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AMD Radeon R9 Nano reviews are out

Posted on Thursday, September 10 2015 @ 22:03:46 CEST by

Reviews of AMD's Radeon R9 Nano have hit the web. This card is based on the same GPU as the Radeon R9 Fury X but the chips are binned for power efficiency. The 28nm Fiji GPU in these cards has the full 4096 stream processors, has a frequency of up to 1000MHz (throttled for energy efficiency) and 4GB HBM memory clocked at 1000MHz effective.

While there was some ruckus over the last couple of weeks as several large websites (HardOCP, The Tech Report, TechPowerUp, etc) were unable to get their hands on a sample due to unknown reasons, a decent number of reviews have hit the web today.

AMD didn't explain why certain sites were cut out of the loop this time, but it seems it has something to do with what the company perceives as "fair". HardOCP definitely has quite an interesting take on this and I have to agree that it seems like AMD's marketing has hit a new low. The whole Nano review situation doesn't feel right and Taylor's public comments plus his responses to HardOCP give me the vibe AMD is cherry picking sites to ensure favorable reviews hit the web.

After checking out some of the reviews that were published today, most sites seem quite enthusiastic about it. Basically, the gist is this is a great card if you absolutely want to build a very compact Mini-ITX system with the best 4K gaming performance you can get today and don't mind spending $649 / 699EUR. But that is if you can find it for that price, as volume is expected to be low.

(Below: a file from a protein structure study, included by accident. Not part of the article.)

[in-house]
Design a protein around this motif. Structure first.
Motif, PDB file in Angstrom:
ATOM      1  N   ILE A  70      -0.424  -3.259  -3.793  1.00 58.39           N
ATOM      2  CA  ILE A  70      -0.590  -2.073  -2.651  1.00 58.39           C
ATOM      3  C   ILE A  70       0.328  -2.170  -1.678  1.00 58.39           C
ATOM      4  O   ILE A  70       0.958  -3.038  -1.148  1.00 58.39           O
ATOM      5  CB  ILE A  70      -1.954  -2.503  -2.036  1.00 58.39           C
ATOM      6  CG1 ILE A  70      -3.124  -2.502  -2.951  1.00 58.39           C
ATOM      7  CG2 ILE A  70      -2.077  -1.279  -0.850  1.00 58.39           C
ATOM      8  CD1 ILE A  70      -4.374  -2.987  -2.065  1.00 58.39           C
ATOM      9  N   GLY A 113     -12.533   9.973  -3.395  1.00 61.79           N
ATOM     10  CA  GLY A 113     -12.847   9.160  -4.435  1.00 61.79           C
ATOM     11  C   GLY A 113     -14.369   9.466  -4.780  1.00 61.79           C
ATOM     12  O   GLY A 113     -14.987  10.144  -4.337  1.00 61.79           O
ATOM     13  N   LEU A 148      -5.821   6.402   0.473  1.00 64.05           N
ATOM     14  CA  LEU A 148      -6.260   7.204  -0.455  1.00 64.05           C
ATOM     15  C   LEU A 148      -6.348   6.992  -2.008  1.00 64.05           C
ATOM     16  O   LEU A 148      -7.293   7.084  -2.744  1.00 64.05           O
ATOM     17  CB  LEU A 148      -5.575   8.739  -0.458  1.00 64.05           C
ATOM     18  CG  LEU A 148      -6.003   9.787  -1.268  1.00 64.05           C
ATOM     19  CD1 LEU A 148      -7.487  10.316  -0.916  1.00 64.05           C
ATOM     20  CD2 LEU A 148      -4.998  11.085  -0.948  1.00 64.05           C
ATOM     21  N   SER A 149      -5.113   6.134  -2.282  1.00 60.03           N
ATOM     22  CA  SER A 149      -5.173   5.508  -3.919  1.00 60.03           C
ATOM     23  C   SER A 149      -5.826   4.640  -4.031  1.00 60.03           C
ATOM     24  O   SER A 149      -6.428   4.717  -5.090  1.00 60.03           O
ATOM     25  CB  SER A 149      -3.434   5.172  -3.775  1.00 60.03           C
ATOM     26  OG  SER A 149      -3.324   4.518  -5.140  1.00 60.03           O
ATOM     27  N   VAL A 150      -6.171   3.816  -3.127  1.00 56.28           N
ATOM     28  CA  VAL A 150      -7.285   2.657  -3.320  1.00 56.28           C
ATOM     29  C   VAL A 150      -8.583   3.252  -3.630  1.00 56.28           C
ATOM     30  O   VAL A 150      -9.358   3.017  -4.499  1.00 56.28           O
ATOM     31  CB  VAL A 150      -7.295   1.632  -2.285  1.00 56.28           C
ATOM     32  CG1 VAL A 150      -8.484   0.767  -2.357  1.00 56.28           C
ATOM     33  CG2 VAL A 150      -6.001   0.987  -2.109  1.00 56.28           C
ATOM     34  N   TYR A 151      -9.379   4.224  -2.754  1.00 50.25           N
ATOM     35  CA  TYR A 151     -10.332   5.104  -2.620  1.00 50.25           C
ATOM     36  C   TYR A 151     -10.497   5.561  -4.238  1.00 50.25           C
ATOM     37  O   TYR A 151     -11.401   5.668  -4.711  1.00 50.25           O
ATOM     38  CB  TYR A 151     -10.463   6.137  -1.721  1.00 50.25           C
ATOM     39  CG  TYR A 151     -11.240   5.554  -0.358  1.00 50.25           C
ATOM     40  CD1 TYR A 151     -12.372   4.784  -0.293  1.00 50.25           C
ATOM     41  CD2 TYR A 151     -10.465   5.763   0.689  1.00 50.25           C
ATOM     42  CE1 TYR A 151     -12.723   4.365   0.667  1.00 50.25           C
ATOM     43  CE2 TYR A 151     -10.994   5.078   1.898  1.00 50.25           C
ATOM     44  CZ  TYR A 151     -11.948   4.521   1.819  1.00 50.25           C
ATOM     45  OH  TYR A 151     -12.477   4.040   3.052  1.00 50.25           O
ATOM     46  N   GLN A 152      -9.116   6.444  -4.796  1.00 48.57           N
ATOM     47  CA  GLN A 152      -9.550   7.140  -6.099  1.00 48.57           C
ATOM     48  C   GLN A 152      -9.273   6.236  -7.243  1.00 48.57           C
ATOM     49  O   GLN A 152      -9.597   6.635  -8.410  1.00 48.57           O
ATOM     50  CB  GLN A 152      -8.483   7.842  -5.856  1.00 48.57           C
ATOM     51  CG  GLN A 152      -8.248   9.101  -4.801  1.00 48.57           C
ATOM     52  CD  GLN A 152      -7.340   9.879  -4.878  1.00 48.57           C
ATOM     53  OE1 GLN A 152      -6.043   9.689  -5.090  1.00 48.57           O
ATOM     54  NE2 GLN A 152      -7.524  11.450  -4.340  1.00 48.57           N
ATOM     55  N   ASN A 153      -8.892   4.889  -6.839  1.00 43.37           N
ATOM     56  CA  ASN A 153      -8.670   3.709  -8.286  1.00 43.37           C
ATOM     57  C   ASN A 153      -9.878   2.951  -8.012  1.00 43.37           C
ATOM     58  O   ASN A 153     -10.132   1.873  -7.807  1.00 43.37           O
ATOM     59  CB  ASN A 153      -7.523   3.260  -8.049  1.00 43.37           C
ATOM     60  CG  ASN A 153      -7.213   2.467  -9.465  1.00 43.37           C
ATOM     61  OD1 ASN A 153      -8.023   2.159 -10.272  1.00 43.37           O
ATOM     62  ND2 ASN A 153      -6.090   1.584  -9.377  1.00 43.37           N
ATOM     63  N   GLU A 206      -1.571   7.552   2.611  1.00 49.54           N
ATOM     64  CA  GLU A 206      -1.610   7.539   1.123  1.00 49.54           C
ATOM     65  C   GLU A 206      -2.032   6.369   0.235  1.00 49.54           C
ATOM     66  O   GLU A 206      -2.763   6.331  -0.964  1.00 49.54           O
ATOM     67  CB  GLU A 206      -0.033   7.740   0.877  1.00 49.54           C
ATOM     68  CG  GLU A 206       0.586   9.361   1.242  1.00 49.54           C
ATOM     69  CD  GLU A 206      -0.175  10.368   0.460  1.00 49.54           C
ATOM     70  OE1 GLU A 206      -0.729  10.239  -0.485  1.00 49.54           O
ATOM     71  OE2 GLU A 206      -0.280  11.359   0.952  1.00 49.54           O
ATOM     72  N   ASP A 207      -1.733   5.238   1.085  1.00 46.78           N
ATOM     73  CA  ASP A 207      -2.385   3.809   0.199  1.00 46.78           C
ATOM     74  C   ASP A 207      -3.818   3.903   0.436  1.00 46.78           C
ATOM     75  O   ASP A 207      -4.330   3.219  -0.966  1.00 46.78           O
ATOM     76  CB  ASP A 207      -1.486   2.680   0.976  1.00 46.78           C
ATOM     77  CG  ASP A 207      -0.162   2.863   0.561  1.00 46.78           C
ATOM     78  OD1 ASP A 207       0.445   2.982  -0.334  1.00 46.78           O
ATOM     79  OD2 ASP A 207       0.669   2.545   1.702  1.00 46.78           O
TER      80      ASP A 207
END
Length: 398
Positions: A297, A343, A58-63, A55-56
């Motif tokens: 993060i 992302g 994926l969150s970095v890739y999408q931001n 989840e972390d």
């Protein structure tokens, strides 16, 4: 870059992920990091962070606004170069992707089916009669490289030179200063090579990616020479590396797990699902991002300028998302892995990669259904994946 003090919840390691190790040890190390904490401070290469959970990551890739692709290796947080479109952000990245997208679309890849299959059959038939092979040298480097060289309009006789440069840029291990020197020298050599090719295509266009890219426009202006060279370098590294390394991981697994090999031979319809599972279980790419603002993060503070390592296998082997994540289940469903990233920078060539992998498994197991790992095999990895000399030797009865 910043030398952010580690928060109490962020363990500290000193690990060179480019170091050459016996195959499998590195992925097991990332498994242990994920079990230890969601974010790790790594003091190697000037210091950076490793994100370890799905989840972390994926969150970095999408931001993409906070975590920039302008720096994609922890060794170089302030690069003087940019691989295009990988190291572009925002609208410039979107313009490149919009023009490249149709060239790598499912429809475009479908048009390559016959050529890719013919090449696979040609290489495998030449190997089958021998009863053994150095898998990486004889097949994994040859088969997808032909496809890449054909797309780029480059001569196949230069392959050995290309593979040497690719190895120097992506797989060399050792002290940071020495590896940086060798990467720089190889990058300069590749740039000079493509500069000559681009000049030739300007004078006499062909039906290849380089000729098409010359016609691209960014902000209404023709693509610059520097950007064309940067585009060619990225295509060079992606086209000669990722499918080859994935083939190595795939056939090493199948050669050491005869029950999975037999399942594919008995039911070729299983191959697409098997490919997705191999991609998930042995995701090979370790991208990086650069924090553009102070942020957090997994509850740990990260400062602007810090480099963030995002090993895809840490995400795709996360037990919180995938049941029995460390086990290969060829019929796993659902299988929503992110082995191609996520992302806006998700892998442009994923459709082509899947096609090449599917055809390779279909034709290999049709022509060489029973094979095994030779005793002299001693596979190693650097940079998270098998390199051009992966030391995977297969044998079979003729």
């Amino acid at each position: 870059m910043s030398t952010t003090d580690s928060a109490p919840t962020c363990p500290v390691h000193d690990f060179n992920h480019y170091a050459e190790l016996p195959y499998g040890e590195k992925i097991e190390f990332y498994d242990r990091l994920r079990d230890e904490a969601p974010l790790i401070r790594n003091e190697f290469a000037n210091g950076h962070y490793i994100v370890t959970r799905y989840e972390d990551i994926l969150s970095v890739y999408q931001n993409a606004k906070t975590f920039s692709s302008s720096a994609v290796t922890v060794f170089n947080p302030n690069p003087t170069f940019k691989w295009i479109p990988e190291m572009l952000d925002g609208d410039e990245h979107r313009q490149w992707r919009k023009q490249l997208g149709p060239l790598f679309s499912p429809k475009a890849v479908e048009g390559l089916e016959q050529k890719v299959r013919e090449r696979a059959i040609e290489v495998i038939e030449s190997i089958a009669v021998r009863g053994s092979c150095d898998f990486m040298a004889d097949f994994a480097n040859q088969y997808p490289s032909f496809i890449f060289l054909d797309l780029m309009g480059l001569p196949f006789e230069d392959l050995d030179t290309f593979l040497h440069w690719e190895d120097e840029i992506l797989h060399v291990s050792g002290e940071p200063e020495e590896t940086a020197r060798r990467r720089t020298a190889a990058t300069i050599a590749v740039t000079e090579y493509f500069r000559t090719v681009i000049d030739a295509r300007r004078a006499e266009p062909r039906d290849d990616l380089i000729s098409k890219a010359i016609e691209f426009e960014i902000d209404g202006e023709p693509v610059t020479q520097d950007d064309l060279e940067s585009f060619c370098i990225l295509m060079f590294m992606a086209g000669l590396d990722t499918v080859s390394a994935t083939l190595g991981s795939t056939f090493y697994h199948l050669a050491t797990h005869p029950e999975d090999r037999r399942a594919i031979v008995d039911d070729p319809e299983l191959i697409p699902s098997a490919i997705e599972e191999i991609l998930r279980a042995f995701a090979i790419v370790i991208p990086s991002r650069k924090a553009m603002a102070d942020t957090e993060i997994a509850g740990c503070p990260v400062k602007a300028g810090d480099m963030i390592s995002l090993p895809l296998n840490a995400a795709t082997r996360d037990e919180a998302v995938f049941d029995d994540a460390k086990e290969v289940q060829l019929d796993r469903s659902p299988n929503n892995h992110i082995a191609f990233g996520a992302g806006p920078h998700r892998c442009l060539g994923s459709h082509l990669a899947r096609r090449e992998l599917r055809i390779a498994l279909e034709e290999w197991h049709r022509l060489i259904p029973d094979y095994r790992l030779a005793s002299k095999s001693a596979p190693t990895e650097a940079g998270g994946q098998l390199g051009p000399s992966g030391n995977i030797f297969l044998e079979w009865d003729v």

In all other cases, especially if you have room in your case for a larger video card, this new card from AMD is pretty pointless versus the regular Fury or Fury X. The Nano scores particularly well at 4K resolution, but if you game at Full HD resolution it can be slower than the much cheaper Radeon R9 390X and GeForce GTX 970. And while it does perform much better than NVIDIA's offerings at 4K, it should be remembered that the performance level you can expect at 4K is something that could best be described as acceptable, but not great.

The R9 Nano is designed a very niche audience and its price tag prevents it from serving a large audience. I wouldn't expect any big price cuts to arrive for this model as Fiji is a huge chip, that alone already makes it quite expensive to manufacture, but Nano is also a fully-fledged version of Fiji, meaning it can't have any defects. On top of this, AMD is also specifically binning Fiji GPUs for the Nano so it's not hard to see why they need to charge the same price as the Fury X for this card.

AMD Radeo R9 Nano



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